I am disturbed that my colleagues are content to say that counsel's representation was not unreasonable under these facts and that, because of this, we need not concern ourselves with the substance of defendant's claims. I would posit that an attorney who makes such a fundamental mistake has not provided any level of assistance to his or her client, let alone a "reasonable" level of assistance. In my view, appointed counsel should have recognized that defendant's claims of ineffective assistance of counsel had to be redrafted in the form of a petition under the Post-Conviction Hearing Act. Moreover, any determination regarding the reasonableness of counsel's actions would require this court to review the merits of defendant's claim, i.e., whether his contention regarding the lesser-included offenses was meritorious. If that claim is not meritorious, then counsel could not be faulted for failing to raise redraft a non-meritorious claim in post-conviction form. Therefore, I disagree with the court's decision, "declin[ing] to reach" the issue regarding whether illegal delivery is a lesser-included offense of narcotics racketeering. Slip op. at 7.
Today's decision is notable in that defendant is told that he chose the wrong legal forum to raise his challenge, but that the lawyer was reasonable for ignoring the claim because it was not cognizable under section 2-1401. Ironically, this is the same lawyer to whom defendant, in the circuit court, presciently characterized as having had no understanding of this case. By its actions today, the court confirms defendant's suspicions.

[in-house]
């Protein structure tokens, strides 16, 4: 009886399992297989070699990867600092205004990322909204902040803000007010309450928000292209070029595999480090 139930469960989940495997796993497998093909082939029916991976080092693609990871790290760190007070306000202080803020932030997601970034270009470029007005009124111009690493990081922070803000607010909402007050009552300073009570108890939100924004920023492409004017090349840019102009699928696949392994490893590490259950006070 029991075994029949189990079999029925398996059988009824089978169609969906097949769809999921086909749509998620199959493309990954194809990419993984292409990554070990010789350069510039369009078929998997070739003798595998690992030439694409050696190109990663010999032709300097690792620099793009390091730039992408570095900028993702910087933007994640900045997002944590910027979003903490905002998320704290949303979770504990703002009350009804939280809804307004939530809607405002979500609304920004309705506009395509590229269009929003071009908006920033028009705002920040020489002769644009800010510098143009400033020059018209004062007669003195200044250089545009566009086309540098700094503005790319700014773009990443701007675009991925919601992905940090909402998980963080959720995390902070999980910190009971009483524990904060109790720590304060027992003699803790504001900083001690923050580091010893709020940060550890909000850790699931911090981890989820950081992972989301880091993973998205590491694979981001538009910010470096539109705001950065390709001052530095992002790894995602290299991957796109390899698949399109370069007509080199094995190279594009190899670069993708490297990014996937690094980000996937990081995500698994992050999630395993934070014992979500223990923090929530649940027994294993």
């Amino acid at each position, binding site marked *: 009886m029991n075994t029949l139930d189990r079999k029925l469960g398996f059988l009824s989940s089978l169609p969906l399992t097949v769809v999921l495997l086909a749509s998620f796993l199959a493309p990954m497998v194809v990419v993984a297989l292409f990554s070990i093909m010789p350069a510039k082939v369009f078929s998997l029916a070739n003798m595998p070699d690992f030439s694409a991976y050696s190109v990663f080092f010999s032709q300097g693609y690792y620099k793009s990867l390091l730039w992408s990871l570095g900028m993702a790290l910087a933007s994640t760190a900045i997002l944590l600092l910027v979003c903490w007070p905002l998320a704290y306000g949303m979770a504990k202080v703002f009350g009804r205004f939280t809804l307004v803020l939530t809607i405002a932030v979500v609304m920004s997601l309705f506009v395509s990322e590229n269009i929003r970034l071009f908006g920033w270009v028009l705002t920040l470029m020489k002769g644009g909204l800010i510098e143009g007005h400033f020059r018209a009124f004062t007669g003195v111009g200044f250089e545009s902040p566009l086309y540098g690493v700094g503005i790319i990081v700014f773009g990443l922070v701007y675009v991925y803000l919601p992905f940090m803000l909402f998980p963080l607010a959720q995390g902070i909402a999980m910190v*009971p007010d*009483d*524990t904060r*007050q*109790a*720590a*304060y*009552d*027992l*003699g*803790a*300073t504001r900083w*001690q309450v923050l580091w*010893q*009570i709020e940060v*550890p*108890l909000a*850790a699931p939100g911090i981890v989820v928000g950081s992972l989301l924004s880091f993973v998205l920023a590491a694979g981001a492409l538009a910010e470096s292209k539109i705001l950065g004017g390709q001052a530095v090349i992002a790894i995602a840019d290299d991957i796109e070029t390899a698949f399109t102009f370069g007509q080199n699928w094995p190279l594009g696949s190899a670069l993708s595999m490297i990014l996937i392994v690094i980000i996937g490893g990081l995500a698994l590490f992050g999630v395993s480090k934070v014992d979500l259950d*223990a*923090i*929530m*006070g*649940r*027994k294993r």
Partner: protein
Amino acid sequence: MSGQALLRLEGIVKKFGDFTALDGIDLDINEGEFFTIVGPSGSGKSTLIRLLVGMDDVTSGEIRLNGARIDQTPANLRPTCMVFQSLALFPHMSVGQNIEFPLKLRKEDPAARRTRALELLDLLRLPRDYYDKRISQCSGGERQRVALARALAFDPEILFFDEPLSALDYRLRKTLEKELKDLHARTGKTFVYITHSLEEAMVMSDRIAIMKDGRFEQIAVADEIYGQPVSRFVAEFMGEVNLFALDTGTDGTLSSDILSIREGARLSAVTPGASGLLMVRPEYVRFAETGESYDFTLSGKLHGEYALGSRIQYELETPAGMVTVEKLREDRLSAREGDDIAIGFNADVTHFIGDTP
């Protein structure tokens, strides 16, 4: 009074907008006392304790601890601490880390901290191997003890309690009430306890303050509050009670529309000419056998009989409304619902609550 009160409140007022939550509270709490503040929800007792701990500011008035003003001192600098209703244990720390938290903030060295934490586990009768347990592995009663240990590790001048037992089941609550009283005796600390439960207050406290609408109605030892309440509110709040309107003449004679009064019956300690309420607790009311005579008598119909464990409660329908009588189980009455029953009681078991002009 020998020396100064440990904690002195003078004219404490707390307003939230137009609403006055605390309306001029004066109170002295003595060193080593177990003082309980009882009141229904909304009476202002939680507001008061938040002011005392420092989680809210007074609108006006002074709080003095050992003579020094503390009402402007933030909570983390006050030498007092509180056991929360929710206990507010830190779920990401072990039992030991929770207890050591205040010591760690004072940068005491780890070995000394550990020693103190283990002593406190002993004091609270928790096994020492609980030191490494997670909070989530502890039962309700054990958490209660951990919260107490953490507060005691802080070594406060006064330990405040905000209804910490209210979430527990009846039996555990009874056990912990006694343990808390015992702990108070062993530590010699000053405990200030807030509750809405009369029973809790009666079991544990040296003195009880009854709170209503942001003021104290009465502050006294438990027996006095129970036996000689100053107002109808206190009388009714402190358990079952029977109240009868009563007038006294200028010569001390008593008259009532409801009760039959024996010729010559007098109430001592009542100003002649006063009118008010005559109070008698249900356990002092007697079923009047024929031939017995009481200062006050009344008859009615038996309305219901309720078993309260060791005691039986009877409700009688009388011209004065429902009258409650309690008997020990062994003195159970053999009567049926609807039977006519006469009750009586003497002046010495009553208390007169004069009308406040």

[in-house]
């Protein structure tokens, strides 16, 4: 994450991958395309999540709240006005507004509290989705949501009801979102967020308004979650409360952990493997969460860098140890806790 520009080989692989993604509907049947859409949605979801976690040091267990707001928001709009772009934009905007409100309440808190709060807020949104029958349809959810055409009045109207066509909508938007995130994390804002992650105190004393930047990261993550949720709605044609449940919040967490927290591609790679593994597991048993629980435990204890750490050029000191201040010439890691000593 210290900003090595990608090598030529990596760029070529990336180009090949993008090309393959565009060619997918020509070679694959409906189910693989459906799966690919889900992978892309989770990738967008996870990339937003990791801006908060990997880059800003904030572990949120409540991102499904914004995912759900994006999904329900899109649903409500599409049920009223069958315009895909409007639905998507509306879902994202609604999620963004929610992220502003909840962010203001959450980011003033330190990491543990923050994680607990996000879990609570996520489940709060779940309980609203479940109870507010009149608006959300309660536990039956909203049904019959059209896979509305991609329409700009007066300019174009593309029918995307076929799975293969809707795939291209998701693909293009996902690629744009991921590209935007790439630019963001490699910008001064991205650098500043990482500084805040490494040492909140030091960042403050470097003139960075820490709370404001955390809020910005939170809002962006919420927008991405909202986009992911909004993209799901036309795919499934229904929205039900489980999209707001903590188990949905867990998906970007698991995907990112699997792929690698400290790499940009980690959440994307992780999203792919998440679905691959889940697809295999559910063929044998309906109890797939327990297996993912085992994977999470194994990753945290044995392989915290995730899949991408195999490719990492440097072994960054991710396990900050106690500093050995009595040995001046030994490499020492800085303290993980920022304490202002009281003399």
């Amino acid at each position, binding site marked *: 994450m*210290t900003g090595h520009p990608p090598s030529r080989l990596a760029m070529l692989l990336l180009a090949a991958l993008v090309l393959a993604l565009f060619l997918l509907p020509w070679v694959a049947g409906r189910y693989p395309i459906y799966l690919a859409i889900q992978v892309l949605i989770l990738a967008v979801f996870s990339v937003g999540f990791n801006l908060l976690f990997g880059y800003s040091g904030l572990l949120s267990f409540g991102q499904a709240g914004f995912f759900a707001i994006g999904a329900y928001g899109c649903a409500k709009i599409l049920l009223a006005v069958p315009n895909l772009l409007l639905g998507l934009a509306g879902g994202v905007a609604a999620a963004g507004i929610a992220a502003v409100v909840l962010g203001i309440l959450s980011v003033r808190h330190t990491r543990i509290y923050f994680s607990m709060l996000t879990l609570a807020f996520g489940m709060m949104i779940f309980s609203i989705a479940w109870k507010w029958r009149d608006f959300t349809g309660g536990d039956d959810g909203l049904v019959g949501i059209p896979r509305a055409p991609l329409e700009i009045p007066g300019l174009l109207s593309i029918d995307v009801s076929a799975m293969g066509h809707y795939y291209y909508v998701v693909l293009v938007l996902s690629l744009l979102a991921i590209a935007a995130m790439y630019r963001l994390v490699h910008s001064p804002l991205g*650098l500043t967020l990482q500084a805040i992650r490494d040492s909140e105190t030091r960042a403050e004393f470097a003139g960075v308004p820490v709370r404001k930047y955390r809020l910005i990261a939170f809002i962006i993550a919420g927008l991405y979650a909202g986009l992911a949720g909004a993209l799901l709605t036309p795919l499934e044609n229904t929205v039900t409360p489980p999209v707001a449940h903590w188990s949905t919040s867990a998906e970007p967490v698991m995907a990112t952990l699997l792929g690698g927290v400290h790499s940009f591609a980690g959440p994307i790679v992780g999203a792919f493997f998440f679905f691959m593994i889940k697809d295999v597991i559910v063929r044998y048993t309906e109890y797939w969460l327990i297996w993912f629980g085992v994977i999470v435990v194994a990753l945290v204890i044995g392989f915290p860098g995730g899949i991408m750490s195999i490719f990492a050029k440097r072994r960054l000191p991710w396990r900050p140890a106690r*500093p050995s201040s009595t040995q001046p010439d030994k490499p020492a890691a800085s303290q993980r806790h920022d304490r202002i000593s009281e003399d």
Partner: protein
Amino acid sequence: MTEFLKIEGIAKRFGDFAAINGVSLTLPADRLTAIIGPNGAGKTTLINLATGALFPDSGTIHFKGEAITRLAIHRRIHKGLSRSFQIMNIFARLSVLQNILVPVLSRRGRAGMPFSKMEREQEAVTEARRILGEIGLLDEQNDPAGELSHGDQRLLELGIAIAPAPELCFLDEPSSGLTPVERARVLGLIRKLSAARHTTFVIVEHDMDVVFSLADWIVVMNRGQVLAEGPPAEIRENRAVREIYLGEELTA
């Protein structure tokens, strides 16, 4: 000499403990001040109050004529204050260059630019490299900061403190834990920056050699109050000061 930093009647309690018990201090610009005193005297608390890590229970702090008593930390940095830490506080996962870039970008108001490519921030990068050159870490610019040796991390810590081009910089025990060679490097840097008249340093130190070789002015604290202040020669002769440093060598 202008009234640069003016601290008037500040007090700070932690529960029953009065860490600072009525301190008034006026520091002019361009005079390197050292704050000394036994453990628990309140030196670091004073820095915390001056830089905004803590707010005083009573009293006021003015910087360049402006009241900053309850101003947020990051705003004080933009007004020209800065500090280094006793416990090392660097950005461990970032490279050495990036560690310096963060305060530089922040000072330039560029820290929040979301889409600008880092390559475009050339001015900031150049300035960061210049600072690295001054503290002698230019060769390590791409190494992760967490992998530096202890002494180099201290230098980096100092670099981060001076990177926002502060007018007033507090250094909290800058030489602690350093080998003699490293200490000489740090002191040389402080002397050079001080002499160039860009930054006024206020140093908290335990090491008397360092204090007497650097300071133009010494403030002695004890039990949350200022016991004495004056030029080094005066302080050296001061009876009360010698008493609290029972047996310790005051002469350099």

The resolution of defendant's cross-appeal is necessarily impacted by the conclusion reached on the lesser-included offenses issue. The State concedes that if the convictions for illegal delivery are reinstated, then defendant's extended-term sentence for narcotics racketeering cannot stand. As I stated above, I do not join in the court's decision as to that issue because I believe that this court must first assess the merits of defendant's lesser-included offenses issue in order to resolve whether appointed counsel provided "unreasonable" representation in this collateral proceeding. The court does not do that and, as a result of its treatment of that issue, the court reinstates defendant's illegal delivery charges. Given that fact, I accept the State's concession, and join only in that portion of the opinion which reduces the sentence.
In this case, defendant attempted to raise several constitutional challenges to his sentences for illegal delivery and narcotics racketeering. Unfortunately for defendant, he erroneously utilized the wrong legal vehicle to raise these challenges. Notwithstanding the circuit court's appointment of counsel, defendant's claims are still out of our reach because his attorney failed to shape his contentions into the proper legal form and that failure is deemed "reasonable" by my colleagues. This conclusion is reached without first assessing whether defendant's constitutional challenges have merit. This is troubling since two appellate justices believe that defendant's convictions violated the single act rule, which has its basis in the double jeopardy clause of the United States Constitution. See People v. King, 66 Ill. 2d 551 (1977) (and cases cited therein). Under these circumstances, our inquiry into whether appointed counsel rendered "reasonable" representation to defendant in these proceedings should consist of more than the court's single sentence, which concludes that counsel was not ineffective for failing to raise the legal argument in the section 2-1401 petition. See slip op. at 10. The proper inquiry, in my view, is whether counsel acted reasonably in declining to redraft defendant's pro se contention regarding the lesser-included offenses issue into the proper legal form. Such an inquiry is particularly apt in this case where the record affirmatively demonstrates that defendant was so dissatisfied with his attorney that he sought leave to proceed pro se.
CHIEF JUSTICE McMORROW joins in this partial concurrence and partial dissent.